A continuing key weakness in China'stechnology is the shortage of wall-trained ongineers and technicians at the middle and upper levels. The Chinese leadership has had to choose which types of technical work are to be supported and which neglected. At present, Chinese scientific and technical research work is concerned largely with urgent practical problems, as opposed to general scientific research, and is concentrated to an important degree in thearea. The regime can assemble teams ofand engineers to focusmallof high-priority problems, but its efforts on military programs are at the expense of basic industrial programs. One ameliorating factor is the appearance of appreciable numbers oftrained researchers with five or ten years' experience who are now reaching upper levels of competence.

Communist China's military programs may take aboutercent of its GNP. Thisomewhat lorger share of GNPuch larger share of industrial production than in France and the United Kingdom. Of greater importance, China's weapons program uses manpower, equipment, and materials of the highest qualityscarce resources that otherwise could be used to build up tho civilian sector of the economy.


77. The experience of Other countries indicates that military costs will become even greater in the years ahead, as Communist China moves various weapons systems into production and deployment. Moreover, the regime faces rapidly risingosts. Weapons systems now being developed are based on Soviet designs, and hence the bulk of the basic research has already been done. The Chinese could, of course, minimize further increases osts if they were willing to settle for proven Soviet systems and thus.the technology ofs. Hut China has for several years been going ahead with itsfforts, such as those needed for an ICBM program.

78. Costs will mount as Communist Chinato place various weapons systems in series production and to deploy them in the field. Even if in the next few years it produces only improved copies of Soviet systems, serious problems will be faced in mastering the production techniques and reproducing specialized parts or components. Production costs relativeosts are likely to be higher for China than for the United states or France, because those countries already possess the industrial machinery, processes, and skills needed to back up their production programs. Xn addition, China will have to meet the heavy annual operating and maintenance expenses of the deployed units.

79. In the absence of extensive foreign assistance, China's supply of skilled manpower almost certainly will prove inadequate both toigh-priority modern weapons program and to provideupport neededteady buildup of the civilian economy. Over the next several years, China will continue to be faced with serious shortages of scientific, managerial, and engineering personnel and will be forced to concentrate its effortsarrow range of high-priority industries. Most of the country's top-drawer technical talent continues to consist of Chinese who were educated abroad, both in the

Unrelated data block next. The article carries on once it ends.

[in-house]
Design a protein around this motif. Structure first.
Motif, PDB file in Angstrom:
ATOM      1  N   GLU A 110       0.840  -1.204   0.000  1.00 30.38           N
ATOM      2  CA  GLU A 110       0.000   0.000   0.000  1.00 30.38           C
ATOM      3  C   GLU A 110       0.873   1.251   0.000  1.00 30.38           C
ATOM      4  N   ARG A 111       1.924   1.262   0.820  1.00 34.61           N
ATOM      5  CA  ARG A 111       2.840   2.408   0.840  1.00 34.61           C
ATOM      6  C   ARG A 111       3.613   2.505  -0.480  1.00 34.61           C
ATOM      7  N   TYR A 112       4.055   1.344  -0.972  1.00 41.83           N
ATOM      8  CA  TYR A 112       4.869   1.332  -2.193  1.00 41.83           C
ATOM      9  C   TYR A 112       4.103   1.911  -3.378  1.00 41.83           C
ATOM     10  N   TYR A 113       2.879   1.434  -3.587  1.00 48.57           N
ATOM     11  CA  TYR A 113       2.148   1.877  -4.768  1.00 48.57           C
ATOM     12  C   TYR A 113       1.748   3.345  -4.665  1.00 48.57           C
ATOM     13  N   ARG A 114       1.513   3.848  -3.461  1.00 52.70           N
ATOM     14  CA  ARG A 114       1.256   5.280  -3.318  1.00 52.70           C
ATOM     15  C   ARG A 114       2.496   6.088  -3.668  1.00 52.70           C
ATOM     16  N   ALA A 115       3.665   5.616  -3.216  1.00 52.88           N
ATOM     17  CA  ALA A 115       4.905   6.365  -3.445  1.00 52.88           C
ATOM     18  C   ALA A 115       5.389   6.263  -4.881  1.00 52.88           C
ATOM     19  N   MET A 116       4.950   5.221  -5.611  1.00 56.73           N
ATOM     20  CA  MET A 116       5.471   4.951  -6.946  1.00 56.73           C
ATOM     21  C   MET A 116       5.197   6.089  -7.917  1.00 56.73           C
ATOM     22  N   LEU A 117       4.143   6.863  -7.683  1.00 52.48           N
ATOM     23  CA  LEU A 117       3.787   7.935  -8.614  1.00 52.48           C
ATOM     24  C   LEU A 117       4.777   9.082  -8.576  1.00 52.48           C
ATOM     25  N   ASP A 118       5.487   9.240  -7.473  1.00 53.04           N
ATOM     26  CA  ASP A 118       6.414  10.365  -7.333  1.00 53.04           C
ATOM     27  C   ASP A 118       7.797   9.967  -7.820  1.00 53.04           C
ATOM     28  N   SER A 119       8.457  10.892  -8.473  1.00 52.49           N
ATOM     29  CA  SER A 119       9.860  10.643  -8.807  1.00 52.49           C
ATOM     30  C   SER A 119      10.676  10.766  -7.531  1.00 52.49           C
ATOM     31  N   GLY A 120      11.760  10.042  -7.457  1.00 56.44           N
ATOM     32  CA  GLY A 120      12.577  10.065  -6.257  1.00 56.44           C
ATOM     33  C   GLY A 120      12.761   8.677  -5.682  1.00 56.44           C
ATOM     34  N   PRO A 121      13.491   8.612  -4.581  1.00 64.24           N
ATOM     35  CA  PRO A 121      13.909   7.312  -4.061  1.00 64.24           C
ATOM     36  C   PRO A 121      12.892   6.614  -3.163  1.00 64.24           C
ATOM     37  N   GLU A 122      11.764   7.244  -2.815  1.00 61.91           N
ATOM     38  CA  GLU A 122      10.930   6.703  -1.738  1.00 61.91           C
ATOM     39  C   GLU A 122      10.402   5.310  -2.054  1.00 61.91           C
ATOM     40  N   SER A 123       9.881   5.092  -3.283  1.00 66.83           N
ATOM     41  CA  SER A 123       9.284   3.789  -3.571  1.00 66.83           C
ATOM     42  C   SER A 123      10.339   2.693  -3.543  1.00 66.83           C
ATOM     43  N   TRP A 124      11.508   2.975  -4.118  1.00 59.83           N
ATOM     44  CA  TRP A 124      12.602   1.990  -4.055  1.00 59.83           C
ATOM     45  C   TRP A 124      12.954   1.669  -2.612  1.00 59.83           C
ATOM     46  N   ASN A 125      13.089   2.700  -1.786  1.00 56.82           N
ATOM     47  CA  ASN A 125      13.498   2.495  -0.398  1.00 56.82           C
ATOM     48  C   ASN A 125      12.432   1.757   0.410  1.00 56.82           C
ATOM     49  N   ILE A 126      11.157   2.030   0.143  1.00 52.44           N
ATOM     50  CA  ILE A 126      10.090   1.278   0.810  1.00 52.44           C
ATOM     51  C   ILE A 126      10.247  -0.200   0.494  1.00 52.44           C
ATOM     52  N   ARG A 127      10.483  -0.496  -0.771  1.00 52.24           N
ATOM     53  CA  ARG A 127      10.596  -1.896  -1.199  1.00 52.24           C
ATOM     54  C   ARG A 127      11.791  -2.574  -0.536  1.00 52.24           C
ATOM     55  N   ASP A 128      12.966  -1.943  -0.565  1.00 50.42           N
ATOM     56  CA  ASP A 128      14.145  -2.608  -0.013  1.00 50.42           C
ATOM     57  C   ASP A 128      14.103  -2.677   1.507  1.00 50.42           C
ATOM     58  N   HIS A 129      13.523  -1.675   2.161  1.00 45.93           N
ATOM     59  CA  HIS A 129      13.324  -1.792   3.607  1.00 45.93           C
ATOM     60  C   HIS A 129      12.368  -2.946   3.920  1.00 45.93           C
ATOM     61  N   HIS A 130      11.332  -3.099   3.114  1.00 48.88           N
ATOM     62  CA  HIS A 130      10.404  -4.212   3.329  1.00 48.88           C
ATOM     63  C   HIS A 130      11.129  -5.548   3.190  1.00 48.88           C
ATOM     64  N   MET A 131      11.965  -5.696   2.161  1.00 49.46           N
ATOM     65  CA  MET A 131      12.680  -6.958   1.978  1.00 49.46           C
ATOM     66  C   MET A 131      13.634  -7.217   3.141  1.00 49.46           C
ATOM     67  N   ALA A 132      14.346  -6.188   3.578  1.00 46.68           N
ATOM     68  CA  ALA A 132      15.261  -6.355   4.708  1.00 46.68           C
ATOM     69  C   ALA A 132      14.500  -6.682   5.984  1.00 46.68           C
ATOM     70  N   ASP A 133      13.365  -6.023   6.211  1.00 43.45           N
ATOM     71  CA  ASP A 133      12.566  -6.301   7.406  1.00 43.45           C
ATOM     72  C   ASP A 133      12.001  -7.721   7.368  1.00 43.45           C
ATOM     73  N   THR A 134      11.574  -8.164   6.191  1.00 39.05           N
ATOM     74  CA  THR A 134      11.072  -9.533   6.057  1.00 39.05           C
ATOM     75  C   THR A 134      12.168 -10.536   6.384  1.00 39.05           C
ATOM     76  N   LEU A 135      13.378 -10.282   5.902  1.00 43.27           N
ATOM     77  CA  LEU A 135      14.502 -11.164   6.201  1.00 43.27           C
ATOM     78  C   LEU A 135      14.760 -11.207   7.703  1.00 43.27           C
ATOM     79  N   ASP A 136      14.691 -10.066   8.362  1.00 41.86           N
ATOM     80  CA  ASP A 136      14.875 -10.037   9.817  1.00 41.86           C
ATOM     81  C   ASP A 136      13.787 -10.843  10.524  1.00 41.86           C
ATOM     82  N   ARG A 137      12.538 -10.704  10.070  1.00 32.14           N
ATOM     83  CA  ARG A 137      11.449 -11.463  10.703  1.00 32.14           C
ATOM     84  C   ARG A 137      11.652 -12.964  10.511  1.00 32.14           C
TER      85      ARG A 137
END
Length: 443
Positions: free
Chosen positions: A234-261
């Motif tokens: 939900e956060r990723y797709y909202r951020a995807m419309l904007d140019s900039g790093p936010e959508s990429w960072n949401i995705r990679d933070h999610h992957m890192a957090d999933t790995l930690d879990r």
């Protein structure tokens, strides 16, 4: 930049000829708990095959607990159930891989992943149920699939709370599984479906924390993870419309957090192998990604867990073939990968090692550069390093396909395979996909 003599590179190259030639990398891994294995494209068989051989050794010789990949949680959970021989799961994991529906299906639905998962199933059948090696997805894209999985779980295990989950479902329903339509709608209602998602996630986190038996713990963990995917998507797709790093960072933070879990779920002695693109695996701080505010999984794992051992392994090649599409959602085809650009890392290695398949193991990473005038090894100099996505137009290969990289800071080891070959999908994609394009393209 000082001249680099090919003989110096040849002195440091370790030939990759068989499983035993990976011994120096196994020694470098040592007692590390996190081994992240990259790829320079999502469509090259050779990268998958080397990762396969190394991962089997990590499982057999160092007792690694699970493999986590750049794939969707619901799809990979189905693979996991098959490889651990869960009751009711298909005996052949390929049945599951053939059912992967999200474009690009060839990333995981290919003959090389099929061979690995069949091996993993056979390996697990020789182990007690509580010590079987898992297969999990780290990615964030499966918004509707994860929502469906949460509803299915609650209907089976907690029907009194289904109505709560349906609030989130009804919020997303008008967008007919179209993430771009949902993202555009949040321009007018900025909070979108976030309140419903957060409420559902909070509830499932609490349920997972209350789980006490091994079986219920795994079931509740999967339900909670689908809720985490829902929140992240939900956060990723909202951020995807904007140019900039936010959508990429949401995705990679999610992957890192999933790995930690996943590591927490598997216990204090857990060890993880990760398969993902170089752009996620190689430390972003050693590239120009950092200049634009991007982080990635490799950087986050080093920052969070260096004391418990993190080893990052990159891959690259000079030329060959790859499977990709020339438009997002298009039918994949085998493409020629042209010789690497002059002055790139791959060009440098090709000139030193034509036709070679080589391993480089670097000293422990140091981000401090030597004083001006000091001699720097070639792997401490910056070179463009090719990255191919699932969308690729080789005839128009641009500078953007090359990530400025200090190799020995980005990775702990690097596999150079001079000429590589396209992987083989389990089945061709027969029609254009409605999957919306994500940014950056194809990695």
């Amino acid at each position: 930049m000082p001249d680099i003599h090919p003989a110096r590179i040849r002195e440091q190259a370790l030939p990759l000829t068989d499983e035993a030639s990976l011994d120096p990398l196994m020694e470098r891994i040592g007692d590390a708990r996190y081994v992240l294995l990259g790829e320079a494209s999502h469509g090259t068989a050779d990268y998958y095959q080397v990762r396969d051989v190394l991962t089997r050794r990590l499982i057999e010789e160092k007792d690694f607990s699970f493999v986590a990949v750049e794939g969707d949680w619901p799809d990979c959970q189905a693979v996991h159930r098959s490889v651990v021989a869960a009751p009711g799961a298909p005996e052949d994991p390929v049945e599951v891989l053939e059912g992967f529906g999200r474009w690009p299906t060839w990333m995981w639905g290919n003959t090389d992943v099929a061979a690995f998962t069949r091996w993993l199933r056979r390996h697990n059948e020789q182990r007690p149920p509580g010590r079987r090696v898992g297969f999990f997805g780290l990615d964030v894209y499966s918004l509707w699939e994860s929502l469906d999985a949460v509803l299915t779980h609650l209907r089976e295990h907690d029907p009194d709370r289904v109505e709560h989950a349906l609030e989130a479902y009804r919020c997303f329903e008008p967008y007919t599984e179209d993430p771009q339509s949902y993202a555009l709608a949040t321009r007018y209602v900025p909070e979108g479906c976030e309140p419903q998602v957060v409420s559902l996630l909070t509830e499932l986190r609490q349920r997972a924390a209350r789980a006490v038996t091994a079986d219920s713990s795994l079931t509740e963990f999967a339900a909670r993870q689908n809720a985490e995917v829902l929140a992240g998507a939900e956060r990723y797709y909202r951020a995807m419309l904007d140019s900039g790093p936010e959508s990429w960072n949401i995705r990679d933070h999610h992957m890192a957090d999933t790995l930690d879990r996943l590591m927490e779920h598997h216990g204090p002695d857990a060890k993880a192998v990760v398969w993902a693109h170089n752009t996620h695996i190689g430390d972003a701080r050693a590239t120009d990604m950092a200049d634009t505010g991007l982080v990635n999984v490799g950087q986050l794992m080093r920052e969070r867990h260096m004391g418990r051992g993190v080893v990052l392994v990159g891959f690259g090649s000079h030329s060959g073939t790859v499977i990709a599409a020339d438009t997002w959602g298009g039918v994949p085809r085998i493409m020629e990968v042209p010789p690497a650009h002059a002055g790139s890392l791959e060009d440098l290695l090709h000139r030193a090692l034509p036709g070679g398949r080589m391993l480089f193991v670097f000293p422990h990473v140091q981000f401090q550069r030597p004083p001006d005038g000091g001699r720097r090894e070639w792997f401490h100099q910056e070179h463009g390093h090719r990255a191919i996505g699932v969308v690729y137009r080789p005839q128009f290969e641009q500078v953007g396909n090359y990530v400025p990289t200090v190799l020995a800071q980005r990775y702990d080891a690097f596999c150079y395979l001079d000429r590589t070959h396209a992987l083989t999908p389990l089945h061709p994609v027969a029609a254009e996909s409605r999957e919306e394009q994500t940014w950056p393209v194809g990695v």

Free World and in the USSR. Domestic training to the doctorate level is now well under way,ew hundred already graduated. The closing of China's universities because of the Cultural Revolution is delaying this program.

Japanese and Western European Assistance for Weapons Programs*

80. ajor factor in Communist China'sproduction potential is its ability toequipment and technical data from the Free World. hina has purchased more thanillion dollars worth of machinery,and scientific instruments from Japan and Western Europe. This figure does not include purchases of transoortation equipment, technical

data. The following tabulation shows the sharp rise3 in imports from Japan and Western Europe of machinery, equipment, and scientific

Million US S


Year Total Machinery and Equipment a/ Instruments

imports of transportation equipment.

estimate based on data for the first

' for additional information, see CIA/RR, The Contribution of Imports to Communist China's Advanced Weapons Program,imnrTnt nrrrirm.



81. Communist China's shopping list for imports is lengthening. The list includes an increasing proportion of items related either directly orto the advanced weapons program. China has been ineraasing its purchases of such items as rolling mills, special-purpose lathes and other ruchine tools, scientific instruments,and other electronic equipment.